Cold on the way

Scattered late blooms of spirea, azalea, and Rankin jasmine vine are a curiosity (particularly as they stray into December), but hardly unusual following mild autumn temperatures. With an extended period of cold overdue, but expected within days, remaining flowers will be ruined with no more expected.

Ogon spirea flowers in late winter, but it is not unusual to see scattered blooms in late autumn.

Camellias have flowered heavily since early October (the best I’ve seen in decades in this garden), and with many unopened buds these are likely to resume flowering once less chilly temperatures return. Winter flowers of camellias are quickly ruined by freezing temperatures, with blooms often brown along the edges, so there are not likely to be perfect pink or white flowers from here on out. Flowers of mahonias are now at their peak, and these will tolerate temperatures to ten degrees and below with no damage.

Surprisingly, Rankin jasmine has flowered through early freezes, with more buds that would continue flowering if mild temperatures remained. But, buds are unlikely to survive an extended period of cold.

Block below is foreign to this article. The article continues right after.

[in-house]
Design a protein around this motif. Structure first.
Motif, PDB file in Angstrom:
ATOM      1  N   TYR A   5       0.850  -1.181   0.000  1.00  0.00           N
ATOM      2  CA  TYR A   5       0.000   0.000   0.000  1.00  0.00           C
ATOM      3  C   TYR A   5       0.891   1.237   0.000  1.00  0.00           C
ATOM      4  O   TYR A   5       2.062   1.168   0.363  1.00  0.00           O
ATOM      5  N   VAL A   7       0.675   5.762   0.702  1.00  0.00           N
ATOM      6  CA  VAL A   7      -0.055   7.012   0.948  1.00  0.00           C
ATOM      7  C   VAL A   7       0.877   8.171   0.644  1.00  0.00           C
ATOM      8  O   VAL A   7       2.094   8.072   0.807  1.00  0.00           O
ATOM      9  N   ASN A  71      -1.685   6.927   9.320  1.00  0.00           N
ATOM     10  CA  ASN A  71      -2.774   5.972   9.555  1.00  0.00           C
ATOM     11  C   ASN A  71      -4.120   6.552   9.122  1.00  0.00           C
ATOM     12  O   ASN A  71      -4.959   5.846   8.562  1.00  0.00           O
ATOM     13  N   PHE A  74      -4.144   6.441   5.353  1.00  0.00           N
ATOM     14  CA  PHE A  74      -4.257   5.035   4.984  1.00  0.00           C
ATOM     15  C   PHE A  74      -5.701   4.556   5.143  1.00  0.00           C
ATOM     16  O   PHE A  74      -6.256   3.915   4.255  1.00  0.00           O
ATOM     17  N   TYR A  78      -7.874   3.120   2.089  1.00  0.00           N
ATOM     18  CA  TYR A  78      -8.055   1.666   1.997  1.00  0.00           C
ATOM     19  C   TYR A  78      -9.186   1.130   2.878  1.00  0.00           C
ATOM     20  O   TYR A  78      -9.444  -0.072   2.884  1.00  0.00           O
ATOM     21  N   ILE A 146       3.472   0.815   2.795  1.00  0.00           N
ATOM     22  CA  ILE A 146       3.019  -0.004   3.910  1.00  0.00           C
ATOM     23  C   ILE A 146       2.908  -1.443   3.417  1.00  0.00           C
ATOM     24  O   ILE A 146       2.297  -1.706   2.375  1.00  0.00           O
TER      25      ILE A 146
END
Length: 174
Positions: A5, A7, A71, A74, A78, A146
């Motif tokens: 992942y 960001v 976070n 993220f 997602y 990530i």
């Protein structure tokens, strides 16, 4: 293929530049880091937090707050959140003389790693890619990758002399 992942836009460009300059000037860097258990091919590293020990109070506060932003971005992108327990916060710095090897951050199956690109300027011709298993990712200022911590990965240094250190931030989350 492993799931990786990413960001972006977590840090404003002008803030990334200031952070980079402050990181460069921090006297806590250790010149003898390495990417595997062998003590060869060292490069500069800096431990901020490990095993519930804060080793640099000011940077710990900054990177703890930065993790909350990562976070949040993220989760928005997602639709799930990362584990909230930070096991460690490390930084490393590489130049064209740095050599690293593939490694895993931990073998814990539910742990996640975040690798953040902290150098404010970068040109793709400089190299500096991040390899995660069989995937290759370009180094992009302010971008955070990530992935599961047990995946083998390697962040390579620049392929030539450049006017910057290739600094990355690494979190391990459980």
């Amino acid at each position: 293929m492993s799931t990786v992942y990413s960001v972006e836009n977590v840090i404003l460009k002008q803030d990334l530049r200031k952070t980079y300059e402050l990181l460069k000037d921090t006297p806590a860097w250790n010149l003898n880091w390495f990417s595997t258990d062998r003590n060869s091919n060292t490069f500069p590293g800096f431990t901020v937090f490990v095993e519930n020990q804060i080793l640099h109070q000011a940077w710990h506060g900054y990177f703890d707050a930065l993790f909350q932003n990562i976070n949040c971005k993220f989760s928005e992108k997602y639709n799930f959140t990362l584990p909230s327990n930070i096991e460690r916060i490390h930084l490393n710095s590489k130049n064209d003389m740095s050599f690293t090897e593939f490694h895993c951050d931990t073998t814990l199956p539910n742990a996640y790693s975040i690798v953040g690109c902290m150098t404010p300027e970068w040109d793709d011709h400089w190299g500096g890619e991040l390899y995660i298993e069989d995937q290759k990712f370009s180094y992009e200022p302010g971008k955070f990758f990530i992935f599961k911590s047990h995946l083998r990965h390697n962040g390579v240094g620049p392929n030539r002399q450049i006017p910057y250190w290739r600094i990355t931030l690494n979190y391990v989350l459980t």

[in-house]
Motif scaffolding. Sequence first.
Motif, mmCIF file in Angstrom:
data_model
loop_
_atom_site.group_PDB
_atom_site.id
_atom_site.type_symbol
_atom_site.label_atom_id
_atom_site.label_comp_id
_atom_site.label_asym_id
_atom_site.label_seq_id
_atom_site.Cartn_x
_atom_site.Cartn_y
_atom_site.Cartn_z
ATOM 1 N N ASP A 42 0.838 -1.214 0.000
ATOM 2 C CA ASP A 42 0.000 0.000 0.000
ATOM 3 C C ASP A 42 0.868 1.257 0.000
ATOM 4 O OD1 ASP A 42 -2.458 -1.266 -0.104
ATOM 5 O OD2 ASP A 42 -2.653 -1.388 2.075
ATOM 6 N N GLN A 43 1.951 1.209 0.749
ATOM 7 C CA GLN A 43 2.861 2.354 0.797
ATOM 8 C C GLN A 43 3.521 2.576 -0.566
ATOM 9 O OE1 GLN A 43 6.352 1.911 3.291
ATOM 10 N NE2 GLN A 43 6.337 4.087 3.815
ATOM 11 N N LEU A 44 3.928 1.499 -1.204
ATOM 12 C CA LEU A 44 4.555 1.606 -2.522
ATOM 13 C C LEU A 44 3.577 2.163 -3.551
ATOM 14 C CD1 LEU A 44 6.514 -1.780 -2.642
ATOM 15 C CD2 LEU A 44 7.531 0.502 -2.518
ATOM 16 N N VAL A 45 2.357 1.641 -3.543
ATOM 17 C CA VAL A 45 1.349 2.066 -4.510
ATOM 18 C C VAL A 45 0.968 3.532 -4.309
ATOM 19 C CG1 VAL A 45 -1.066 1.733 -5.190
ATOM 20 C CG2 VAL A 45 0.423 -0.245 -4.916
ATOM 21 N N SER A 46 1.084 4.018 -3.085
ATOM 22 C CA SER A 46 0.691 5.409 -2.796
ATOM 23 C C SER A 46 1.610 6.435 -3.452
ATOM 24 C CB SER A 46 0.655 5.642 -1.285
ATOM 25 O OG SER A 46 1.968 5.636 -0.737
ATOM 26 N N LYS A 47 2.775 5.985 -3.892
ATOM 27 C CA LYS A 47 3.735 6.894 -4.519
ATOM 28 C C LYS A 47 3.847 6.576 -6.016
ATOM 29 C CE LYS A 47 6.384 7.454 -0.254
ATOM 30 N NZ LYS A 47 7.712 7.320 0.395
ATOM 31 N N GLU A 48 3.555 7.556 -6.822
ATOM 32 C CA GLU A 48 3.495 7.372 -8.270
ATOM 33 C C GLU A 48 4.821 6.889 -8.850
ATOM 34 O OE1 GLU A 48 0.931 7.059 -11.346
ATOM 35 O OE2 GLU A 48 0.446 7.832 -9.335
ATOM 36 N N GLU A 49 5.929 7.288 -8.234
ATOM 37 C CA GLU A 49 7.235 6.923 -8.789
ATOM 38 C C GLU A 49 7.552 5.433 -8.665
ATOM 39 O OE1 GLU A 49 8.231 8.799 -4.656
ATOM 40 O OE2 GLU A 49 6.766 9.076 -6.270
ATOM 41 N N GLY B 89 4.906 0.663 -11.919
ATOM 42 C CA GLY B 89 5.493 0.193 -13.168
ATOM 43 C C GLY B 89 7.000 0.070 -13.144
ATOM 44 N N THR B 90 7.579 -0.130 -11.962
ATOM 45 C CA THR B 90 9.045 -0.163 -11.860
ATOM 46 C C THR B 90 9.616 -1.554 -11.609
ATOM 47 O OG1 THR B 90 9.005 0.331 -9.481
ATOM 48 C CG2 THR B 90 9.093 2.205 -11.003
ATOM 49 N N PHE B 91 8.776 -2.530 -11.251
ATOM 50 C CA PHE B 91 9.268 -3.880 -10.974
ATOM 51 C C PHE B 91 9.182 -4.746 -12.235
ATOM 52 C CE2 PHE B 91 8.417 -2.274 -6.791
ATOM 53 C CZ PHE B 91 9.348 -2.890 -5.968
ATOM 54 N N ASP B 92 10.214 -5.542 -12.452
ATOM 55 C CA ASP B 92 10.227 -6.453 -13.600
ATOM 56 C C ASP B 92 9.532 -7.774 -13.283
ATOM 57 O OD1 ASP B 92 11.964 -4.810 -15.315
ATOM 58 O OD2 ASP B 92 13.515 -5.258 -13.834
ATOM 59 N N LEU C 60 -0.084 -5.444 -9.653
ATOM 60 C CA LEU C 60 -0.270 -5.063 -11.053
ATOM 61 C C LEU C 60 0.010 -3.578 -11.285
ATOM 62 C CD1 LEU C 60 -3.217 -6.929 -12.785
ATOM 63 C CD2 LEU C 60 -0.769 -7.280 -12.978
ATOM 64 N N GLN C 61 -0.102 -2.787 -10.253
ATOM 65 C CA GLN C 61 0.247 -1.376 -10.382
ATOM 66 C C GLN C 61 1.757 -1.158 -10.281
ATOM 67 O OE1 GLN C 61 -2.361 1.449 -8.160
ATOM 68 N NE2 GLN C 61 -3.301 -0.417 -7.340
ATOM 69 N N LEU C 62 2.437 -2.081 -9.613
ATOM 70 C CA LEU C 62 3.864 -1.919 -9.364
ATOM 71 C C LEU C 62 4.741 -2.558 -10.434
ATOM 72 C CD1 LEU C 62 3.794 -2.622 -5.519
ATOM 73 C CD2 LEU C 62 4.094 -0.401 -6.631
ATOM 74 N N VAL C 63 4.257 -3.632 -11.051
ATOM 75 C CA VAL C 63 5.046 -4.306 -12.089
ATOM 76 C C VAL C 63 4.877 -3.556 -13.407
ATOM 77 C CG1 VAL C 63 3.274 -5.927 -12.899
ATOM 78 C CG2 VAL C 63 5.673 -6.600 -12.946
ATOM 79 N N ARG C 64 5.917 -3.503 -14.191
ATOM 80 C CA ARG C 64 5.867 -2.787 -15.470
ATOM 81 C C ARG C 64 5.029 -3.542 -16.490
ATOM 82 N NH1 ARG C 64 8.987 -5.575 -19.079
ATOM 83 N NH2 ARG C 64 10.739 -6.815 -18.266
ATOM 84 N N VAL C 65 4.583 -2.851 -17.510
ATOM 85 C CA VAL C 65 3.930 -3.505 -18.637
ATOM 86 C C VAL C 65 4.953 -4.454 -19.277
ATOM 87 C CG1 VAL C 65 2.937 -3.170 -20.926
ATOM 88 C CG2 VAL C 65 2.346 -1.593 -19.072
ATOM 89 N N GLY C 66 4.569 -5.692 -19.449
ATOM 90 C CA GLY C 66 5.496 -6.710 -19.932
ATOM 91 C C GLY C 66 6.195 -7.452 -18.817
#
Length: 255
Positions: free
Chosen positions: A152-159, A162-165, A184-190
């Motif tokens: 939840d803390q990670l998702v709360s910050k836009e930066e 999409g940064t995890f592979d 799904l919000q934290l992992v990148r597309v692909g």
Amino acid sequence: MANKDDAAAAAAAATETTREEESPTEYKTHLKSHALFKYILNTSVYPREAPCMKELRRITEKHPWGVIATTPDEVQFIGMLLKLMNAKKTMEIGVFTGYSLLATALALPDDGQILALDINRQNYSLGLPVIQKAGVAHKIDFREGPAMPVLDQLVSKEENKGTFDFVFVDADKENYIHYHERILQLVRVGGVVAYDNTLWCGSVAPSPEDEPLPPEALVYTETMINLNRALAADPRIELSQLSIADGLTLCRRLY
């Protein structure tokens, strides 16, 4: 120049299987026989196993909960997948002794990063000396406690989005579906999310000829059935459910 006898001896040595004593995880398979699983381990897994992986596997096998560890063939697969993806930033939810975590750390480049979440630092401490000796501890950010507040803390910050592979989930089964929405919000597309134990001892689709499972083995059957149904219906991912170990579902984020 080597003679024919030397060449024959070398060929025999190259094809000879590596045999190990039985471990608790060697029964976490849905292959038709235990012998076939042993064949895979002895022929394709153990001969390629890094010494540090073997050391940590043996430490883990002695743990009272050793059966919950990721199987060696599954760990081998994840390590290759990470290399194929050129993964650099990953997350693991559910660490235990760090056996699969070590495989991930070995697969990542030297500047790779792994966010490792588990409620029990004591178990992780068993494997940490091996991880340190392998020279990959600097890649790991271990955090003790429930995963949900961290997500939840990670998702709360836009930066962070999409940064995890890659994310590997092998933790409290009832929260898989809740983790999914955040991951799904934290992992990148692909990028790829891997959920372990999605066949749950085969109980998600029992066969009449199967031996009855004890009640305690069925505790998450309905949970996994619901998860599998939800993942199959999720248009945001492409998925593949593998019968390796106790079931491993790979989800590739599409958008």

While I prowl about the garden regardless of temperature, by week’s end my wife won’t venture outdoors into the cold, even for a minute without bundling up. But, there should be no issues in the garden unless the gardener has neglected to bring tropicals indoors. Otherwise, temperatures will not be severe enough to damage cold hardy plants. With nighttime lows regularly dropping into the twenties, plants are well acclimated by early December, so there’s no reason to worry.

Blooms of the late autumn flowering mahonias will not be damaged by temperatures in the teens and twenties.
Colorful foliage of gordlinia is evergreen, but it is often damaged by temperatures below ten degrees.

 

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